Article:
English has got an expression to eat out, meaning eating but not preparing the meal for yourself (i.e. restaurant, fast food, kebab etc.). What are ways to express the same in German?


A standard phrase (see DWDS) here in Germany is

essen gehen

(i. e. to go somewhere to eat as opposed to prepare the meal oneself).

  • Varianten sind "zum Essen ausgehen" und "zum Essen rausgehen".
    – Paul Frost
    Nov 10 '20 at 10:30
  • 6
    @PaulFrost "zum Essen rausgehen" is not suitable. It means "to go outside (of where you are) to eat", there is no hint someone goes to a restaurant or other place. You could cook on your own and go outside to eat because the weather is fine. You can even only go out of a room to eat for a reason, not necessarily out of the house.
    – puck
    Nov 10 '20 at 11:28
  • @puck It may in fact be confused with "draußen essen" oder "zum Essen nach draußen gehen". But it is not unusual to say "zum Essen rausgehen" in the context of the question. Beispiel. "Also zum Essen rausgehen lohnt nicht".
    – Paul Frost
    Nov 10 '20 at 11:34
  • The website you linked to indeed uses this phrase, but to me this is a slightly different situation. This is an unspoken comparison. They say it doesn't pay to go out of the hotel to eat, meaning you can stay in the hotel to eat - where "in" isn't "inside" because they mention the terrace right after ;-) It means within the hotel's restaurant. But to express you don't eat at home it would be odd to say "ich gehe zum essen raus" because primarily that says you go outside to eat. It's better to say "ich esse auswärts".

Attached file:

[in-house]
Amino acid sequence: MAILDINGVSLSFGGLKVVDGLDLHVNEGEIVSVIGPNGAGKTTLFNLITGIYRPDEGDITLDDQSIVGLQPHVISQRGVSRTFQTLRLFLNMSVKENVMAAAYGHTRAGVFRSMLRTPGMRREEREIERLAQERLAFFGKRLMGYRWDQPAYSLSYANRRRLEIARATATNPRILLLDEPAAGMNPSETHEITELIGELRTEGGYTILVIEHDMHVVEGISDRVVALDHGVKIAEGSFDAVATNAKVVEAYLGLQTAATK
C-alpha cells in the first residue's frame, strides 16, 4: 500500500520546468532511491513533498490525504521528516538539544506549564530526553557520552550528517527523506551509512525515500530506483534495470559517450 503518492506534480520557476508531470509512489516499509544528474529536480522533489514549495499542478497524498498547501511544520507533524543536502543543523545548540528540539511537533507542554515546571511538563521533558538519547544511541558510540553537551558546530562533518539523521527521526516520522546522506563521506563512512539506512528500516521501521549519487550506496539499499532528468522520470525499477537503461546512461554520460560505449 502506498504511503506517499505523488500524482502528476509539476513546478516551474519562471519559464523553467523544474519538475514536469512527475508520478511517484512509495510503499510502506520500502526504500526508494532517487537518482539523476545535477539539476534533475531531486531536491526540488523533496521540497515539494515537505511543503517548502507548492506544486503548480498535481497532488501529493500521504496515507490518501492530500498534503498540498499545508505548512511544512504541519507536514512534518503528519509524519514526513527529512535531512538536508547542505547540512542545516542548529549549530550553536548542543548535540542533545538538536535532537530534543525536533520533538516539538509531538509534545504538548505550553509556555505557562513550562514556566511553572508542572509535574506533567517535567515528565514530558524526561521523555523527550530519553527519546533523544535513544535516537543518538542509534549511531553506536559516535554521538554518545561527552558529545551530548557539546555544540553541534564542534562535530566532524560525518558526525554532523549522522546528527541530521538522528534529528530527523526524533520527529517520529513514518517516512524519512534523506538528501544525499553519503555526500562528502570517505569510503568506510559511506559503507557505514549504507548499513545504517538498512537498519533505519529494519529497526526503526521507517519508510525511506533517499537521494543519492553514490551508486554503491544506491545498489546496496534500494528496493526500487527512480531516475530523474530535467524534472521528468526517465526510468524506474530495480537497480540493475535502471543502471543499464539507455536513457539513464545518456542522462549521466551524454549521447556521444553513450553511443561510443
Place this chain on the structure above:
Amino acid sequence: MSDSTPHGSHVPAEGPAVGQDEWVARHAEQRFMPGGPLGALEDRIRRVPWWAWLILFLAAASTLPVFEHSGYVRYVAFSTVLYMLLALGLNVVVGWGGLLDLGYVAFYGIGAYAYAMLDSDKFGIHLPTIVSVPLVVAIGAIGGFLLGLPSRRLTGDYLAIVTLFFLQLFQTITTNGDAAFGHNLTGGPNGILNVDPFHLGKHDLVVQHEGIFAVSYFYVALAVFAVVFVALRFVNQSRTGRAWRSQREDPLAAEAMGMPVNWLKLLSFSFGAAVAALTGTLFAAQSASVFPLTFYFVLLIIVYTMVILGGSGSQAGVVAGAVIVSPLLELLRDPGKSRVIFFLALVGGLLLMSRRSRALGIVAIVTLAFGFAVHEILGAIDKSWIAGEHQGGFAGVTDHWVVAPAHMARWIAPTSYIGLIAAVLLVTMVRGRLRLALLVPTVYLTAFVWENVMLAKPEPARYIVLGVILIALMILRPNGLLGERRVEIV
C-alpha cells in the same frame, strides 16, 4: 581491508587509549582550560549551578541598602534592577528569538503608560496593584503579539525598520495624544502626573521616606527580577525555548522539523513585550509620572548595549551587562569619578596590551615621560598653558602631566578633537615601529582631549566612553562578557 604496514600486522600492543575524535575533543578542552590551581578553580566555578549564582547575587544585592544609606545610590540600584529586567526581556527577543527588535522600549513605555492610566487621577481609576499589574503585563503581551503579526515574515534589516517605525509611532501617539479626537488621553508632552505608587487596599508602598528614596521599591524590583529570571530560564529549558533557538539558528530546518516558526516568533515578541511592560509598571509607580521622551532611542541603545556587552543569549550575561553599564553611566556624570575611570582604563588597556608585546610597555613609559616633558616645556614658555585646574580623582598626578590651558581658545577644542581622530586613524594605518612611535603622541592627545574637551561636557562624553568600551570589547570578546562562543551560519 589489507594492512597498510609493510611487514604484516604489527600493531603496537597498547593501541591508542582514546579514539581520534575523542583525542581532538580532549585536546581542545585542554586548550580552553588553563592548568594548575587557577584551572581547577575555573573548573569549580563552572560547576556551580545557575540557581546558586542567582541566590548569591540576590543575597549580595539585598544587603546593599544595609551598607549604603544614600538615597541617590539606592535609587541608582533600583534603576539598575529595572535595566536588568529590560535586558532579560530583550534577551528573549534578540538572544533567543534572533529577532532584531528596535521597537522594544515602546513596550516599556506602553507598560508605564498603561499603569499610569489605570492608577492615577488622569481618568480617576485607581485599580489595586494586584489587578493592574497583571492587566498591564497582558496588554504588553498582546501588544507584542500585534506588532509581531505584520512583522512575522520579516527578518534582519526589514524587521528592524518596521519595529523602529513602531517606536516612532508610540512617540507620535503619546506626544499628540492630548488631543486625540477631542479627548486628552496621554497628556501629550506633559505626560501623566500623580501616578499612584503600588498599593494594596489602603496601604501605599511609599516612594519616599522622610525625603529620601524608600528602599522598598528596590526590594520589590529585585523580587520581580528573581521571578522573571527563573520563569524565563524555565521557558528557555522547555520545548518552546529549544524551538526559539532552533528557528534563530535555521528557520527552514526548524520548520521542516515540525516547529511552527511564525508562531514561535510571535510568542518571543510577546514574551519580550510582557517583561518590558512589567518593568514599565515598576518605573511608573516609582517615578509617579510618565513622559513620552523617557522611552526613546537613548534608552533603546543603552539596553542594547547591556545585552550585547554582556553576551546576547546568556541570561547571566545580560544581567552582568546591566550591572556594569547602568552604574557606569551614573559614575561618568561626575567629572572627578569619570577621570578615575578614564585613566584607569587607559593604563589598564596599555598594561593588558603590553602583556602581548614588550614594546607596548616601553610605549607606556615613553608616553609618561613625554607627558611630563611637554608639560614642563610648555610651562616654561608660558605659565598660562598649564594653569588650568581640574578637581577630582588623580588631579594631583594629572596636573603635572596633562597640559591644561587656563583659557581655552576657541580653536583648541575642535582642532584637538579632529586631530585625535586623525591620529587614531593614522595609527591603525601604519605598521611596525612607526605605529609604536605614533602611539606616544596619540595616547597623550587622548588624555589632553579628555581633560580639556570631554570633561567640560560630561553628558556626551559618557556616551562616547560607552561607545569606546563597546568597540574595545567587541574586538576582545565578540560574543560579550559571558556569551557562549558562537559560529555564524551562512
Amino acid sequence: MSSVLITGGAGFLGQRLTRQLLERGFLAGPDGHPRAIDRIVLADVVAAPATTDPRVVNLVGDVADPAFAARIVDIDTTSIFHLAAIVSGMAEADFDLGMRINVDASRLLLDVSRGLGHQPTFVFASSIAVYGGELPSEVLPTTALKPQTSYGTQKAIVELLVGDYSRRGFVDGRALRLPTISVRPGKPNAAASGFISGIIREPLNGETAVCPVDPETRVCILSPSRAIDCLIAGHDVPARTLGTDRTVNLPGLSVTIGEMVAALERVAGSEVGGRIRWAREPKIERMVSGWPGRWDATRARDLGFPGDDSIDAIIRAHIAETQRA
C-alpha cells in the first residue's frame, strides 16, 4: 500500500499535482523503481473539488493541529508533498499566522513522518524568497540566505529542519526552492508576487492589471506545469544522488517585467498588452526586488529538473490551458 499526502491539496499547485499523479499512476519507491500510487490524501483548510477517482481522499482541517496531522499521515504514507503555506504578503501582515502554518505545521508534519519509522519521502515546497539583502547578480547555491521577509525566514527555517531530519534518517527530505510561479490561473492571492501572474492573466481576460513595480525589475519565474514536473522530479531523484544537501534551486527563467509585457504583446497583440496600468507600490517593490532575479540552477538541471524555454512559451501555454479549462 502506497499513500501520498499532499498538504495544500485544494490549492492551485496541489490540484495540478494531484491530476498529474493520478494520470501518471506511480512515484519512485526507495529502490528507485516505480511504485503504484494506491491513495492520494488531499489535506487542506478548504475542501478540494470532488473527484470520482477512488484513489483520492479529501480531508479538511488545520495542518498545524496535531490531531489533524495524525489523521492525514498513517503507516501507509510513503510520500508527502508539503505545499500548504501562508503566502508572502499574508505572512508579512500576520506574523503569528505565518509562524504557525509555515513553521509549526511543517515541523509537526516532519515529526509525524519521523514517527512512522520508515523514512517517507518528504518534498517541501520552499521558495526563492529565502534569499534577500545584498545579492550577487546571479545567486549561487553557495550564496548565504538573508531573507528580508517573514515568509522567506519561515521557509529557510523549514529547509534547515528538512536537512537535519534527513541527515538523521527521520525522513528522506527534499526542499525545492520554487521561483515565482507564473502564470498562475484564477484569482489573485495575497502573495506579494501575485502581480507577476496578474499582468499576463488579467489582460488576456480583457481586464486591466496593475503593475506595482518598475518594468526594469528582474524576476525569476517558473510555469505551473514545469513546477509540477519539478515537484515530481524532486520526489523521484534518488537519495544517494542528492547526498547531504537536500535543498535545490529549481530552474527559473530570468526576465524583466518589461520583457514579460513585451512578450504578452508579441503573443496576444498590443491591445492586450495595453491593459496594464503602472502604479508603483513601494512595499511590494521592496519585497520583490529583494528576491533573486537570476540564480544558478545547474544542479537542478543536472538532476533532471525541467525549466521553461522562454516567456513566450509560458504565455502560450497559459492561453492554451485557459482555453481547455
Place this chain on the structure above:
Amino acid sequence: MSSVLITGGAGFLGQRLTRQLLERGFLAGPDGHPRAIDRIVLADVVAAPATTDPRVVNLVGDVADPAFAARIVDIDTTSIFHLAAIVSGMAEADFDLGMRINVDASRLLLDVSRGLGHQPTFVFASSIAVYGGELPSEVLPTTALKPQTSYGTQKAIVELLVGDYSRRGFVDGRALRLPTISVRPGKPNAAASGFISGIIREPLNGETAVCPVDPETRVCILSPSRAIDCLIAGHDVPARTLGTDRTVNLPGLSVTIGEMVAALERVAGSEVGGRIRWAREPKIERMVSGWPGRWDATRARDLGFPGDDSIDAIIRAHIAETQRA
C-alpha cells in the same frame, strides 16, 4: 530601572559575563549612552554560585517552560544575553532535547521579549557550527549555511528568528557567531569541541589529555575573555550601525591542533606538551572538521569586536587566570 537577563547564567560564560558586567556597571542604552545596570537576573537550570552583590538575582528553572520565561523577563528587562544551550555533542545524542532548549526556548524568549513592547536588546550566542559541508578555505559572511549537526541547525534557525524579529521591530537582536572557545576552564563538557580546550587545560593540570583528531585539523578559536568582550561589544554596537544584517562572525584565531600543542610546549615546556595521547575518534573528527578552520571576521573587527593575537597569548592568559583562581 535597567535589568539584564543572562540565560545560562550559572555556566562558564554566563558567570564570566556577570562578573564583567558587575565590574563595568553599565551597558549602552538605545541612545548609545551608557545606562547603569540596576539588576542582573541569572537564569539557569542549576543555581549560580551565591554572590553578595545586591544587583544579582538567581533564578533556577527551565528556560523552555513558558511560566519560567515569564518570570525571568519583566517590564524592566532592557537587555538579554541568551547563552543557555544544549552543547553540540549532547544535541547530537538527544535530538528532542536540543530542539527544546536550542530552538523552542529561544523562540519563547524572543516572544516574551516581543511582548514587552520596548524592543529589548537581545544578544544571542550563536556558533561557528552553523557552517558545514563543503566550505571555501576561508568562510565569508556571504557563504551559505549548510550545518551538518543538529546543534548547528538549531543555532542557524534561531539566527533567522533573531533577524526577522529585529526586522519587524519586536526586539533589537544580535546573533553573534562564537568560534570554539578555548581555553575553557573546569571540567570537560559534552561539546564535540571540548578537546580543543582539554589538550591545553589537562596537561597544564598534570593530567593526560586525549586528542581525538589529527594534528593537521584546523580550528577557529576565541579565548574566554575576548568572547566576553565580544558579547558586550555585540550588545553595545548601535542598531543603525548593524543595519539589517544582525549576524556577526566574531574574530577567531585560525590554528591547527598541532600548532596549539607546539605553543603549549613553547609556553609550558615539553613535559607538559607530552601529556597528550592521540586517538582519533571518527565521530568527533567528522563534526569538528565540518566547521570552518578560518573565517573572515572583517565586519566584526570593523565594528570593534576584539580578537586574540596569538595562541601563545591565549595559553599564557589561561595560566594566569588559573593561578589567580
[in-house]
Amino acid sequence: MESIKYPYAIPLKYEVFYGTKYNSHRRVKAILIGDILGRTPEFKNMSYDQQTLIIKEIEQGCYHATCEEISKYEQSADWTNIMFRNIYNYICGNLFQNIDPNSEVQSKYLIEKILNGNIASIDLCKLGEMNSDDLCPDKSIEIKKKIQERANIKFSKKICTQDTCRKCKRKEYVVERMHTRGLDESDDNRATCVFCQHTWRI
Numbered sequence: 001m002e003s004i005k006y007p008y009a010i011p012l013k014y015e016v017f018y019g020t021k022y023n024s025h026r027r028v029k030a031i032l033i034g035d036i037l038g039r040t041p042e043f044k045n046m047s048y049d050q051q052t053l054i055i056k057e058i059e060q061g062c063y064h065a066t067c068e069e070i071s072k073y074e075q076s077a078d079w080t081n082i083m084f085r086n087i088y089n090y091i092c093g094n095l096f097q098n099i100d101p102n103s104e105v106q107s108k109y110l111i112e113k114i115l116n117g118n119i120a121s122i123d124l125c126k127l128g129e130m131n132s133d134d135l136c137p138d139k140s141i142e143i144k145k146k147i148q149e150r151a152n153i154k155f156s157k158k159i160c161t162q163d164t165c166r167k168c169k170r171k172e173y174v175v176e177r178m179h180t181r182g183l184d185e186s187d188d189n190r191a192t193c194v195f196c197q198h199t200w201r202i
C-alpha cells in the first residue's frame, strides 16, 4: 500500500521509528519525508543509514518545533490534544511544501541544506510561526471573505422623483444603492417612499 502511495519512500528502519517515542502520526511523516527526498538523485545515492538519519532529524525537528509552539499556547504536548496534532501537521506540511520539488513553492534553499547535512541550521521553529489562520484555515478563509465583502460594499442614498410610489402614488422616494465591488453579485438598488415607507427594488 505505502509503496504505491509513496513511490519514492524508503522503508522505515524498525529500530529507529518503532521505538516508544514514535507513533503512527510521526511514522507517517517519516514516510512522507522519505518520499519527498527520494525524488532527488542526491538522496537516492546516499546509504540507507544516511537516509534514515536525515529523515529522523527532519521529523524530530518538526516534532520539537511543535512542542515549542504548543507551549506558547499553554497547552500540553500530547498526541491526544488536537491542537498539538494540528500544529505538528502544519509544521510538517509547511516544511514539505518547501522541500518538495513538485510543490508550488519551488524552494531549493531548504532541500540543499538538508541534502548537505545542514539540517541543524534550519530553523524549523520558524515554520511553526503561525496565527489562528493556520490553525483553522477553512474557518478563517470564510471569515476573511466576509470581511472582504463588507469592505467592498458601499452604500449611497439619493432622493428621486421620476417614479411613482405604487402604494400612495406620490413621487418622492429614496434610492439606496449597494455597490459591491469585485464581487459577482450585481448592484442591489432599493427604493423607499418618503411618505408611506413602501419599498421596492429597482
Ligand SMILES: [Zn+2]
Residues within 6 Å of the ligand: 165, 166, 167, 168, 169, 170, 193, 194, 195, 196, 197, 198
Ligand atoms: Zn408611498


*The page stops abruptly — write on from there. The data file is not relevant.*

– puck
    Nov 11 '20 at 6:27

It is

auswärts essen

Möchtest du heute daheim essen oder auswärts?
Would you like to eat at home or out today?

The adverb auswärts has three meanings:

  1. to the outside

Versuchen Sie, Ihre Füße etwas weniger auswärts zu drehen wenn Sie laufen.
Try to turn your feet a little less outwards when you run.

  1. not at home, somewhere else

Ines hat letzte Nacht auswärts geschlafen.
Ines slept out last night.

  1. in another town (mainly in sports)

Der FC Unterhausen hat auswärts 1:0 gewonnen.
FC Unterhausen won 1:0 away.

  • 4
    Though "auswärts essen" has a bit of an "official" ring to it. You might find it in the PR material of a restaurant trade association rather than in every day talk. For the latter, "essen gehen" as mentioned in another answer sounds more natural. Nov 10 '20 at 8:42
  • 1
    @HenningKockerbeck: I think this is a question of personal opinion and maybe regional usage. I do hear any "official" ring when my wife says she wants "auswärts essen". Nov 10 '20 at 8:55

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